I just finished reading the Spring 2008 issue [Issue No. 37], my first, and I must applaud the fine staff who publish this outstanding magazine. I’ve been out of touch with the Submarine Force since retirement in 1997, when I moved from the submarine base in Pearl Harbor, Hawaii to Tennessee. I needed something that would keep me abreast of the boats, the missions, the crews and the progress of America’s Silent Service. I especially enjoyed the articles on the latest Virginia-class subs (my home state), the open architecture design philosophy of sonar and combat systems, and the current training environment of Fire Controlmen at Naval Submarine Training Center Pacific (NSTCP).

It brought back many memories. I guess I have a lot of back issues to catch up on. Keep up the great work!

Chief Petty Officer (SS) James A. Sandman, USN (Ret.)

Thank you very much for your praise of UNDERSEA WARFARE Magazine. The hard-working staff greatly appreciates your compliments; we hope that you continue to enjoy future issues of the magazine. Please visit our website, http://www.navy.mil/navydata/cno/n87/mag.html, to view the past issues. Or contact the Superintendent of Documents, http://bookstore.gpo.gov, to purchase a subscription.

I run a blog dedicated to Cmdr. J.W. Linton, Royal Navy. Cmdr. Linton was lost onboard the
submarine HMS Turbulent in 1943. I have just acquired the patrol reports of Turbulent and in them a U.S. Navy officer is mentioned as to accompanying them on two patrols in the Mediterranean in 1942. The officer is referred to as Lt. R. Raymond, U.S. Navy. I am trying to find out a little more about him for my blog and I was wondering if you could help me trace him.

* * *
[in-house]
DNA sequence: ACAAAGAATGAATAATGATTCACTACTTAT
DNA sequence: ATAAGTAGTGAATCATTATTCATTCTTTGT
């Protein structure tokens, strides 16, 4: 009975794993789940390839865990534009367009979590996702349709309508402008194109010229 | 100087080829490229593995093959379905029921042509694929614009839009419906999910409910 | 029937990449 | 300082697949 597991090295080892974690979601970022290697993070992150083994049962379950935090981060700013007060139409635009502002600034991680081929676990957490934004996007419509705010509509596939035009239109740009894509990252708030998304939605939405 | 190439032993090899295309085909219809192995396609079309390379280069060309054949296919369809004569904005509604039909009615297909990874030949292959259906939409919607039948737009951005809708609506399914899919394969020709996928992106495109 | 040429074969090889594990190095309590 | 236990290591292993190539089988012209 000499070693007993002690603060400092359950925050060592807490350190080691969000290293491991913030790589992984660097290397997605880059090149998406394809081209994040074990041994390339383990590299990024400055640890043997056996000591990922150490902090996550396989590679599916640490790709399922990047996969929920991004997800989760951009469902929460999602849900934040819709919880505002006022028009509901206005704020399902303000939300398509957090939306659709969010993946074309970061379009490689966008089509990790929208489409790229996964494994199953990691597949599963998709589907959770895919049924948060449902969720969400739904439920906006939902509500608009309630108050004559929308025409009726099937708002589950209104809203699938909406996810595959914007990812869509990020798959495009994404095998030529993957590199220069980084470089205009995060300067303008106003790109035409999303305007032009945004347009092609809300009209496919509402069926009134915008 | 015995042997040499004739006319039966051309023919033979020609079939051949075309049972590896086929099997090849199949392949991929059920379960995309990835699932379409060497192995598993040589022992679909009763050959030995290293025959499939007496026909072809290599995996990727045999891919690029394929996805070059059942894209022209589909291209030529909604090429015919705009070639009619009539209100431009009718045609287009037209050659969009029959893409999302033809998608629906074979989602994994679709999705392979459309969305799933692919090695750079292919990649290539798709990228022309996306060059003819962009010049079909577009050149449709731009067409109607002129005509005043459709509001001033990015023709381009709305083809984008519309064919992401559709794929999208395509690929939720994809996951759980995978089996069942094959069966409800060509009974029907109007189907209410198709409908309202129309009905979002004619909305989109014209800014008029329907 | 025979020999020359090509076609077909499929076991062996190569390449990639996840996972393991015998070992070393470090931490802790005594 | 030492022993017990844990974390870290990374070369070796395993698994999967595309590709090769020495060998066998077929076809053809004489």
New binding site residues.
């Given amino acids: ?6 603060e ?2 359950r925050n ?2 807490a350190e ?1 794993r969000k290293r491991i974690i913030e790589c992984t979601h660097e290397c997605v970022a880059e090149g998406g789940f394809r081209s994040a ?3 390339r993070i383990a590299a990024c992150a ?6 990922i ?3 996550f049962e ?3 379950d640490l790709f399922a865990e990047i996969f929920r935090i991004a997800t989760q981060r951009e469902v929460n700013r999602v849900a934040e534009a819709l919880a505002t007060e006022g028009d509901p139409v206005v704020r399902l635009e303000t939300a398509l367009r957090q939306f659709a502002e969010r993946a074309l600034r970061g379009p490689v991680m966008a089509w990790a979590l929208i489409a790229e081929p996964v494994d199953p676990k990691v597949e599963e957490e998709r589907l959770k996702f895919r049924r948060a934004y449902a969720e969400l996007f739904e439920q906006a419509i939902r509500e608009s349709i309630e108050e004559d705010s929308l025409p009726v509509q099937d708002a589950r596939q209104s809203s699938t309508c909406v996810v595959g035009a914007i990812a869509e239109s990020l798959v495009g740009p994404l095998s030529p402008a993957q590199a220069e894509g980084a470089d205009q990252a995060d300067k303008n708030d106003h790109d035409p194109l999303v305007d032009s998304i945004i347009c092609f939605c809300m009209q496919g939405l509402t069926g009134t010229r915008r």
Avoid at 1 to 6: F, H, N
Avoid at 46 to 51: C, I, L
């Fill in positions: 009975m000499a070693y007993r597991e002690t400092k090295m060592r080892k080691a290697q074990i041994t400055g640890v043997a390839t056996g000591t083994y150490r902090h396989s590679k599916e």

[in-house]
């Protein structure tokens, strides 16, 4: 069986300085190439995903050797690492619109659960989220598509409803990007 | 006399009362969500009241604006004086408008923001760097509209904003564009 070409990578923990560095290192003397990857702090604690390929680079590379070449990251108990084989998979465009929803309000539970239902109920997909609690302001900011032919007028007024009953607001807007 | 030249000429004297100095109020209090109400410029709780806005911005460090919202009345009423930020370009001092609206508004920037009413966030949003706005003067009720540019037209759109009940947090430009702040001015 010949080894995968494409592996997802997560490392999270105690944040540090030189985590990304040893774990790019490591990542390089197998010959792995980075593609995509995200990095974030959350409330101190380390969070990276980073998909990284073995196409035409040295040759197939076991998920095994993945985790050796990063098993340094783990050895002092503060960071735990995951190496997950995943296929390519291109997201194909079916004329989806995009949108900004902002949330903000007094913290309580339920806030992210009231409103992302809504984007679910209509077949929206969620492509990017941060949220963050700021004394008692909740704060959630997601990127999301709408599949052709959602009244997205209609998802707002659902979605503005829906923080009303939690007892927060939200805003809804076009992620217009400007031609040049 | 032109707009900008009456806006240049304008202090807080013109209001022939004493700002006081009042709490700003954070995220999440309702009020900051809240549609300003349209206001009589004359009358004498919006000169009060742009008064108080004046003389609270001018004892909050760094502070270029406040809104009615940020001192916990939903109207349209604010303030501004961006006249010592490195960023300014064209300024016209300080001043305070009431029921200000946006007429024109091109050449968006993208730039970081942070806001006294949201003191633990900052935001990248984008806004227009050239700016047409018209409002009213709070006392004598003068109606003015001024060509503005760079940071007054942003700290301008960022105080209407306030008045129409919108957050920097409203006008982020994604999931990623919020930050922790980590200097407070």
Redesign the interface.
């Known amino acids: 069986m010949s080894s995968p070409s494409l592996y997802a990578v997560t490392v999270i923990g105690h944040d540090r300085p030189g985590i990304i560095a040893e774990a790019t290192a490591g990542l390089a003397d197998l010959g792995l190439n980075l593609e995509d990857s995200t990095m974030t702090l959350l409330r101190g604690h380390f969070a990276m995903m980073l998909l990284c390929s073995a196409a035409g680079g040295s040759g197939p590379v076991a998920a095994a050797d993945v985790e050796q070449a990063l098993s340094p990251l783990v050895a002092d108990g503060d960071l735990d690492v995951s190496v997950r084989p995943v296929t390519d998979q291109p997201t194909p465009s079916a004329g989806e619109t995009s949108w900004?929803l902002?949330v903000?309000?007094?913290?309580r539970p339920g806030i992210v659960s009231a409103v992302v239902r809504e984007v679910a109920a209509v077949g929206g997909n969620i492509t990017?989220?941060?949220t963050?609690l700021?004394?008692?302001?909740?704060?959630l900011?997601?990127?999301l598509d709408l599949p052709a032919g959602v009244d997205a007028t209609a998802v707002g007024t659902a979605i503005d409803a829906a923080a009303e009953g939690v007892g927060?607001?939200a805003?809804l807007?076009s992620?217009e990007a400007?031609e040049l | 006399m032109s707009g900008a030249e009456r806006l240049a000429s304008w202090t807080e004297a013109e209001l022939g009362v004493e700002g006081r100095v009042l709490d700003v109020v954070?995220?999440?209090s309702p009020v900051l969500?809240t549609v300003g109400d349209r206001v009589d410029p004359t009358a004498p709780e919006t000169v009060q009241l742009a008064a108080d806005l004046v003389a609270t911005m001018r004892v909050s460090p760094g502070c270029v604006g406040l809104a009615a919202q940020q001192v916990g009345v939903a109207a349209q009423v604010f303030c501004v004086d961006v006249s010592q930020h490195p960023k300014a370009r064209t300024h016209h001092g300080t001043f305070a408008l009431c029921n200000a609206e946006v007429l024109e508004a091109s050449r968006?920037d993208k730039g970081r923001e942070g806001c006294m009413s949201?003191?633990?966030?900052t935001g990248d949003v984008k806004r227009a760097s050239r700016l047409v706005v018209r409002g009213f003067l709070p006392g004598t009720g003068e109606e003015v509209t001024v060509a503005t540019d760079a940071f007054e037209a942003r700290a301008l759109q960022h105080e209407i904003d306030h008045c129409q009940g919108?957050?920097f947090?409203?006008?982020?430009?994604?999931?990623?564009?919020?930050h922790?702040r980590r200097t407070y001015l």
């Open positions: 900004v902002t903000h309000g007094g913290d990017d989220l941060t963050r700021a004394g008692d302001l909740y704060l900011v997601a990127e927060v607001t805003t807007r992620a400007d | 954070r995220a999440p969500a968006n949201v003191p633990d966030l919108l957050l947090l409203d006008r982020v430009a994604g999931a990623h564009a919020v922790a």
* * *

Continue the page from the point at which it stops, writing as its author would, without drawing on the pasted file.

Christopher Morgan-Jones

Thank you for contacting UNDERSEA WARFARE Magazine with your request. We did not have
those records on hand; however, we contacted Timothy T. Pettit in the Operational Archives Branch, Naval Historical Center, Washington, D.C., on your behalf. His response is as follows:

“Unfortunately, we do not have biographical records for a Lt. R. Raymond from the WWII period that indicates TDY [temporary duty assignment] with the Royal Navy. We have documents for a Lt. Cmdr. Reginald M. Raymond, USN (deceased-off Honshu Island, Japan, 1945), executive officer, USS Scorpion (SS-278)—but no mention of Atlantic Fleet duty. It is very likely that he was a ‘naval observer’ from the U.S. Naval Attaché Office at the Embassy in London.”